People usually have a number of questions about putting a financial agreement in place. We’ve put a list together here – feel free to give us a call on 1800 608 088 if you can’t find the information you need.
De facto couples are treated no differently than married couples. Under the Family Law Act, both de facto and married couples have the same rights.
The Family Law Act covers married couples in every state of Australia, and covers de facto couples for every state except Western Australia. De facto couples in W.A. are covered by the Family Court Act.
A de facto relationship is defined in section 4AA of the Family Law Act. It is a relationship that two people who are not married or related by family have as a couple, living together on a ‘genuine domestic basis’. It can exist between two people of the opposite sex, or between two people of the same sex. Your relationship is not a de facto relationship if you are legally married to each other, or if you are related by family. All the circumstances of the relationship will determine whether a couple are in a de facto relationship. These include:
- the nature and extent of the common residence;
- the ownership, use and acquisition of any property;
- whether a sexual relationship exists;
- the degree of financial dependence or interdependence and any arrangements for financial support of one and other;
- the duration of the relationship;
- the degree of mutual commitment to a shared life;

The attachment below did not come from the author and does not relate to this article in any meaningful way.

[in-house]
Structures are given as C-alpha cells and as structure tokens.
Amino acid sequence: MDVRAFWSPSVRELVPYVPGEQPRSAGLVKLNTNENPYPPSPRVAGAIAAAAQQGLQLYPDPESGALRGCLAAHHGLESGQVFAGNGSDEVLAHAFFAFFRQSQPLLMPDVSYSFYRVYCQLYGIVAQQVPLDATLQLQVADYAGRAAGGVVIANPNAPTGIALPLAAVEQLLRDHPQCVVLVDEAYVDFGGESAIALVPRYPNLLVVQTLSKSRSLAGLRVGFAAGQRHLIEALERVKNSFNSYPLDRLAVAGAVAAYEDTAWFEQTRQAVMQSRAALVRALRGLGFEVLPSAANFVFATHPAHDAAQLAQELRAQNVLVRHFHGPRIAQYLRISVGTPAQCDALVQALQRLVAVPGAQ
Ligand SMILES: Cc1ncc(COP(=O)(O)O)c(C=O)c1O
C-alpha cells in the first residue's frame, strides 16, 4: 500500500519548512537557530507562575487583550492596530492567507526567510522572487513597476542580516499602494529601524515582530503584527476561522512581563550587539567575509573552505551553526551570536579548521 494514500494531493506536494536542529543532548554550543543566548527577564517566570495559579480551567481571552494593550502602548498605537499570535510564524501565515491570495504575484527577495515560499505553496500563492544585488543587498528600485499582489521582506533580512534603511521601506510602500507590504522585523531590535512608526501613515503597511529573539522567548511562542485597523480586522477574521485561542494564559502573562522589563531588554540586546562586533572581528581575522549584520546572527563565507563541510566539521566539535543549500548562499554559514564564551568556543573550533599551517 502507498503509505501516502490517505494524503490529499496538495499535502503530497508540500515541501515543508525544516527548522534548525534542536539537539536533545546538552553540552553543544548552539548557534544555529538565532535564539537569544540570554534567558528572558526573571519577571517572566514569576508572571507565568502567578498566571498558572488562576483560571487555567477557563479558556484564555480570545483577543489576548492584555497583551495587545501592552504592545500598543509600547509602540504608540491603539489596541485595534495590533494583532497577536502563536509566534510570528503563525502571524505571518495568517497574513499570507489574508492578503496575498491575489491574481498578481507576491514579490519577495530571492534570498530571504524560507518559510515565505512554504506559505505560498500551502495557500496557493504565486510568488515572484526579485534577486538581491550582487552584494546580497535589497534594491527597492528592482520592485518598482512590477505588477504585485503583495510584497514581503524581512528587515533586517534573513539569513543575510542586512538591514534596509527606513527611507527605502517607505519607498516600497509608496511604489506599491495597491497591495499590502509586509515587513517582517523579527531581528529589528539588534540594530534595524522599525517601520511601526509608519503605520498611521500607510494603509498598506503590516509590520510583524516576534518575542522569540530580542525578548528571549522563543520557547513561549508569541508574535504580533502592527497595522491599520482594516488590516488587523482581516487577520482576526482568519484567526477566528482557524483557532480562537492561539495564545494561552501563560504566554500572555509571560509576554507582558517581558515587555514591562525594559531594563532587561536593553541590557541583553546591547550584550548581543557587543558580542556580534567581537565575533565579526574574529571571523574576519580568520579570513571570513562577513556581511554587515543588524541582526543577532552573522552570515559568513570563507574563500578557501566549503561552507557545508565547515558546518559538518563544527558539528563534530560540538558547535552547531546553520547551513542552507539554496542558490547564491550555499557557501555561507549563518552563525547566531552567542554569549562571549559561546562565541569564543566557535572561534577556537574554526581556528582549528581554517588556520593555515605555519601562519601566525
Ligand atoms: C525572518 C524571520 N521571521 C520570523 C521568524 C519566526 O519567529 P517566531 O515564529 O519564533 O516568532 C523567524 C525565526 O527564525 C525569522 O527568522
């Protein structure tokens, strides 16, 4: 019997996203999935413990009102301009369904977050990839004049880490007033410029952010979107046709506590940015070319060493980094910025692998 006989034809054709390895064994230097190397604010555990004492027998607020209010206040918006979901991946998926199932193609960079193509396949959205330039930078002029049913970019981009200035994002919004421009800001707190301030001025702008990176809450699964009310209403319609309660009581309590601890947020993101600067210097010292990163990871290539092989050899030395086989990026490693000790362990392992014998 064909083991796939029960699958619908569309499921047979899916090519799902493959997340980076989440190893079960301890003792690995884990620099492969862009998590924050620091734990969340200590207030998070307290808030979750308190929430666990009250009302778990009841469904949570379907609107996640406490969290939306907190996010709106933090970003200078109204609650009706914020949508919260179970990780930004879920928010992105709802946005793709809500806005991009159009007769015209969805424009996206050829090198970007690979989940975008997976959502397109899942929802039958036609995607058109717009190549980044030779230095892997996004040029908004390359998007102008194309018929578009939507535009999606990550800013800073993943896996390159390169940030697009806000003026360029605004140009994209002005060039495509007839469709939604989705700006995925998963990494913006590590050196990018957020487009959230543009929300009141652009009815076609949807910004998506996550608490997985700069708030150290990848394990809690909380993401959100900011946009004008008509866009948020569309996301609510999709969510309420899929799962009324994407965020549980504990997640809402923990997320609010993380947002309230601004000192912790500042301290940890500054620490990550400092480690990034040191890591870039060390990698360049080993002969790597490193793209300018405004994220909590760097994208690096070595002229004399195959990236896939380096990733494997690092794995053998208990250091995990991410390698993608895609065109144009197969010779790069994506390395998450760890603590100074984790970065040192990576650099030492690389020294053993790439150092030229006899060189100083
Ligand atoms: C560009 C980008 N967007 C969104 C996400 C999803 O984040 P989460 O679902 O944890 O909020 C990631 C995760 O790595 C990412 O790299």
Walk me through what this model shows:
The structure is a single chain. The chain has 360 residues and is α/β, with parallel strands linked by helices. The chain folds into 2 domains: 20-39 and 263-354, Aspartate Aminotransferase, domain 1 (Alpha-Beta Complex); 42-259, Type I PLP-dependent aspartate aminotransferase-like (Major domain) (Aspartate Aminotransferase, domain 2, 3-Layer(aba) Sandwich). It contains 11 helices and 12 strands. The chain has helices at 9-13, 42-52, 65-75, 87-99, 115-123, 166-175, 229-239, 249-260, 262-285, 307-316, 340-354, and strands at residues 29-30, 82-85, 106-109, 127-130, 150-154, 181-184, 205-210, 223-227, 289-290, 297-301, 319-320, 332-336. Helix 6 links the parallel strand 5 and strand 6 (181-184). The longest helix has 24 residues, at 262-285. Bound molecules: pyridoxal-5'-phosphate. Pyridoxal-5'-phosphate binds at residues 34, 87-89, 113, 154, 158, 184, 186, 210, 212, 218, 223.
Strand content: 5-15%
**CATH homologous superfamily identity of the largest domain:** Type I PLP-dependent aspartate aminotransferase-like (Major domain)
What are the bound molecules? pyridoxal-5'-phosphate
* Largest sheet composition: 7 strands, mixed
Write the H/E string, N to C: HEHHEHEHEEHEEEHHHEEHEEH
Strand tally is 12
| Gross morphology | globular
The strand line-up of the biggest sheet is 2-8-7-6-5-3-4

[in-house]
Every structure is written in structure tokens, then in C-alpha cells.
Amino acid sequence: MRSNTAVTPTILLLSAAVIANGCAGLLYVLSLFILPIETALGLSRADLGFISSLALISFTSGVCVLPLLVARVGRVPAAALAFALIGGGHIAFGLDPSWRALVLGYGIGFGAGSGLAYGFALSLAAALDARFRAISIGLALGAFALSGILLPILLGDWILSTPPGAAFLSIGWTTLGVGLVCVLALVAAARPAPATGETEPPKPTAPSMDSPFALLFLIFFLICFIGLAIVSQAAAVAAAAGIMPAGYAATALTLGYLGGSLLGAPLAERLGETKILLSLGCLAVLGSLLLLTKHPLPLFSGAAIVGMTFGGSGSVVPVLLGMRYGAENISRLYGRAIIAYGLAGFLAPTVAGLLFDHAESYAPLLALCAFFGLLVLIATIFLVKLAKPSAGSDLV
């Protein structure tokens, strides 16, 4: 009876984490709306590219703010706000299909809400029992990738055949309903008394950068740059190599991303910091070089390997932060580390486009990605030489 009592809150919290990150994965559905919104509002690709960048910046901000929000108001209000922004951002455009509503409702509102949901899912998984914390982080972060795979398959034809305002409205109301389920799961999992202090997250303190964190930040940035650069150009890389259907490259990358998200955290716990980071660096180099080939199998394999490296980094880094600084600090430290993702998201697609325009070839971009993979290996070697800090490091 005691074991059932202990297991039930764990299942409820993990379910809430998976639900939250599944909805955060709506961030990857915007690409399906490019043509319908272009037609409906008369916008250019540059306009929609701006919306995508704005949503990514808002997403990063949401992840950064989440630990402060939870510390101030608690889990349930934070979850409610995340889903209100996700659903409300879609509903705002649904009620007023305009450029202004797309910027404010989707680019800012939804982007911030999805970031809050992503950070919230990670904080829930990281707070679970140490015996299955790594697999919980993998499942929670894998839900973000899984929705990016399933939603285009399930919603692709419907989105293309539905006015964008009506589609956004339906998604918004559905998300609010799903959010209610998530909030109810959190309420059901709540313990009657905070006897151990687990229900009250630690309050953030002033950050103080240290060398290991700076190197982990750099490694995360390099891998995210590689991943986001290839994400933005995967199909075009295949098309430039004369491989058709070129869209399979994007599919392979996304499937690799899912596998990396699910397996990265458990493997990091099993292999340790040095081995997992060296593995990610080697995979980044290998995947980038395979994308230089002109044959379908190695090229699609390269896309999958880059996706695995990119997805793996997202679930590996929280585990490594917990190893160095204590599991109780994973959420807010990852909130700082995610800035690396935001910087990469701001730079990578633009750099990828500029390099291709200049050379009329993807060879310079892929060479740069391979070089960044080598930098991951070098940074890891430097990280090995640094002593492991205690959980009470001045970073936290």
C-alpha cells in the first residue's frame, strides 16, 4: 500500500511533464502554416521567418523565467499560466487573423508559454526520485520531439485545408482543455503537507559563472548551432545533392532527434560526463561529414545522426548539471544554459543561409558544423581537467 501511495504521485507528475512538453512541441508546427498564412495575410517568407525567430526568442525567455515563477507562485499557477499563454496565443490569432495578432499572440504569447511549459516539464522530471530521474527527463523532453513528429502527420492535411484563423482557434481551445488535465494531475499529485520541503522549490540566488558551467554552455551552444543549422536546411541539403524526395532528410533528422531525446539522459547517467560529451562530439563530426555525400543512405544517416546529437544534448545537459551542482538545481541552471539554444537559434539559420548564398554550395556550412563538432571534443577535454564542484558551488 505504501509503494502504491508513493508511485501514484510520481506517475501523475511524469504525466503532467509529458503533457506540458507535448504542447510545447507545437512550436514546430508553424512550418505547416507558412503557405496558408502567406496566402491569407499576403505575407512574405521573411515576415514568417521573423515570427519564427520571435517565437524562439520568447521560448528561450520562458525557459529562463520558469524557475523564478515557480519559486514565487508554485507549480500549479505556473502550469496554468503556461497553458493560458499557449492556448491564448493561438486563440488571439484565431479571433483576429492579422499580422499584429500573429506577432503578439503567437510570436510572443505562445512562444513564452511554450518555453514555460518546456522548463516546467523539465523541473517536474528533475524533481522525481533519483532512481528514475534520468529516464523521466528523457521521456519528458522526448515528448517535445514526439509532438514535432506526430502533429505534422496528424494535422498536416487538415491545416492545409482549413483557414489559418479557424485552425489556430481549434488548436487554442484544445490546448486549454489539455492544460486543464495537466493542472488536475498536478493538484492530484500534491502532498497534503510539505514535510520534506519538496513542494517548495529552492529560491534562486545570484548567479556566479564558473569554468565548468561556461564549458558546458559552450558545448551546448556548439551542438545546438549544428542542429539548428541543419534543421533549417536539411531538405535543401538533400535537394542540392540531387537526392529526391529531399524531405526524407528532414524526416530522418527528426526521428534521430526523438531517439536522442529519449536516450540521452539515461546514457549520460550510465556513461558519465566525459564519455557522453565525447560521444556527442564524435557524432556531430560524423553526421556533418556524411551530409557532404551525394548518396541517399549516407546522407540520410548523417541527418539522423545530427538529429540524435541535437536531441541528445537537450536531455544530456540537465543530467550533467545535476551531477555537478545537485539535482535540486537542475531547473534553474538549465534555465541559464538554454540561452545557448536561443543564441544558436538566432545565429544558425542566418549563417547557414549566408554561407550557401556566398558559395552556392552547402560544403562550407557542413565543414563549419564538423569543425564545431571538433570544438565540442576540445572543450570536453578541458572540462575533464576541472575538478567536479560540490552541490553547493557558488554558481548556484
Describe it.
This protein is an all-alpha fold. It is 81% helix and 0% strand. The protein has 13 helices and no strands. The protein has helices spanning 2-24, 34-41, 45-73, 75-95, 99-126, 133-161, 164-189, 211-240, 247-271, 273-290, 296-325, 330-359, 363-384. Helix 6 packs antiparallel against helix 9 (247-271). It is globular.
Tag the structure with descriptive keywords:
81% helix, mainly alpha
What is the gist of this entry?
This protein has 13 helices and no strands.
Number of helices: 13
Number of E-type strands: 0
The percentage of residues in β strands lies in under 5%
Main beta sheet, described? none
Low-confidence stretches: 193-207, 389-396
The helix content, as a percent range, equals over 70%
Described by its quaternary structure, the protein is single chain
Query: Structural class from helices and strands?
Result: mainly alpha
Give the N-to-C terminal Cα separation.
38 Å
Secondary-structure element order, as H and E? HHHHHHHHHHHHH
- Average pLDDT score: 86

- whether the relationship has been registered, in a state or territory with laws for the registration of relationships;
- the care and support of children;
- the reputation and public aspects of the relationship.
It’s not unusual for de facto couples to get married after they’ve been living together for a while. In this case, they want to know whether their cohabitation agreement will suffice, or if they will need to enter into another agreement (usually a pre nuptial or post nuptial agreement).
Essentially, a de facto agreement and a prenuptial or post nuptial agreement are not the same thing. Even though de facto couples and married couples have essentially the same rights, the Family Law Act deals with married and de facto couples separately, under different sections of the Act. This means that you cannot rely on a de facto agreement if you later marry. You will come under Part VIIIA for married couples (rather than Part VIIIAB for de facto couples).
You do, however, have the option to enter into a new agreement that will cover the marriage relationship. This also gives a couple the opportunity to review any prior de facto agreement, particularly in light of changes (or anticipated changes) to the relationship, such as the arrival of children and the resulting change to the relationship dynamics. In any event, it is recommended that you review your financial agreement regularly, regardless of a change in status of the relationship.
When considering whether to make a de facto or marriage financial agreement, there are a two important factors to consider. The first is that a cohabitation or de facto agreement deals with what should happen if the de facto relationship breaks down. If the couple marries, the de facto relationship has not broken down, making the de facto agreement void. It simply ceases to be applicable.
The second factor is a reversal of the first, in that a pre nup agreement (being a pre marriage agreement made under the marriage provisions of the Act), will offer no protection if you are currently in a de facto relationship and you separate before the marriage actually takes place. That is, if you’re planning on getting married, and are currently living together in a de facto relationship, you need to be aware that a pre nup agreement (pre marriage agreement) will only come into effect once the marriage takes place. So making a pre nup with the intention that it will also protect you during the course of your de facto relationship prior to the wedding, is not accurate.